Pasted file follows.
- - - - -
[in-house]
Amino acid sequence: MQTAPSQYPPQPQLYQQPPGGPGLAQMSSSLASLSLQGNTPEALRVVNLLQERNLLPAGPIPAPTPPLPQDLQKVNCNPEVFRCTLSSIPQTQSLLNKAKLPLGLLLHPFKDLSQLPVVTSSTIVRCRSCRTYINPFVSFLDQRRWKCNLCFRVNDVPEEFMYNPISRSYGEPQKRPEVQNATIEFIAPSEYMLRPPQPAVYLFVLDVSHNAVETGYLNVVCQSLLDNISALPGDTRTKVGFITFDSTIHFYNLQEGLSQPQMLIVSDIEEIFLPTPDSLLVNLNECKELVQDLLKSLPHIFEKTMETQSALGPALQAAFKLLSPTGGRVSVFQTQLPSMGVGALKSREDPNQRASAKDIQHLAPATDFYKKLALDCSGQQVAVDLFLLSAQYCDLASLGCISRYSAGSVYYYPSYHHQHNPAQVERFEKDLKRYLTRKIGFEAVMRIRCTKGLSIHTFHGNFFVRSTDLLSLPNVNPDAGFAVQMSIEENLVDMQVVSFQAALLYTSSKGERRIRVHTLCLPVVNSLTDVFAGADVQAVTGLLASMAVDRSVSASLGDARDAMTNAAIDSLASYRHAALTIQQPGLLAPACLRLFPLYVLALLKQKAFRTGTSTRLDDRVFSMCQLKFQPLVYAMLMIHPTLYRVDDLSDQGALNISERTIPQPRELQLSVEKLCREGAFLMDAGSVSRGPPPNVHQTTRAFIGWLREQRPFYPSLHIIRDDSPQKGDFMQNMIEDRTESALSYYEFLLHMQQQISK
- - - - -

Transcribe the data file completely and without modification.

[in-house]
Amino acid sequence: MQTAPSQYPPQPQLYQQPPGGPGLAQMSSSLASLSLQGNTPEALRVVNLLQERNLLPAGPIPAPTPPLPQDLQKVNCNPEVFRCTLSSIPQTQSLLNKAKLPLGLLLHPFKDLSQLPVVTSSTIVRCRSCRTYINPFVSFLDQRRWKCNLCFRVNDVPEEFMYNPISRSYGEPQKRPEVQNATIEFIAPSEYMLRPPQPAVYLFVLDVSHNAVETGYLNVVCQSLLDNISALPGDTRTKVGFITFDSTIHFYNLQEGLSQPQMLIVSDIEEIFLPTPDSLLVNLNECKELVQDLLKSLPHIFEKTMETQSALGPALQAAFKLLSPTGGRVSVFQTQLPSMGVGALKSREDPNQRASAKDIQHLAPATDFYKKLALDCSGQQVAVDLFLLSAQYCDLASLGCISRYSAGSVYYYPSYHHQHNPAQVERFEKDLKRYLTRKIGFEAVMRIRCTKGLSIHTFHGNFFVRSTDLLSLPNVNPDAGFAVQMSIEENLVDMQVVSFQAALLYTSSKGERRIRVHTLCLPVVNSLTDVFAGADVQAVTGLLASMAVDRSVSASLGDARDAMTNAAIDSLASYRHAALTIQQPGLLAPACLRLFPLYVLALLKQKAFRTGTSTRLDDRVFSMCQLKFQPLVYAMLMIHPTLYRVDDLSDQGALNISERTIPQPRELQLSVEKLCREGAFLMDAGSVSRGPPPNVHQTTRAFIGWLREQRPFYPSLHIIRDDSPQKGDFMQNMIEDRTESALSYYEFLLHMQQQISK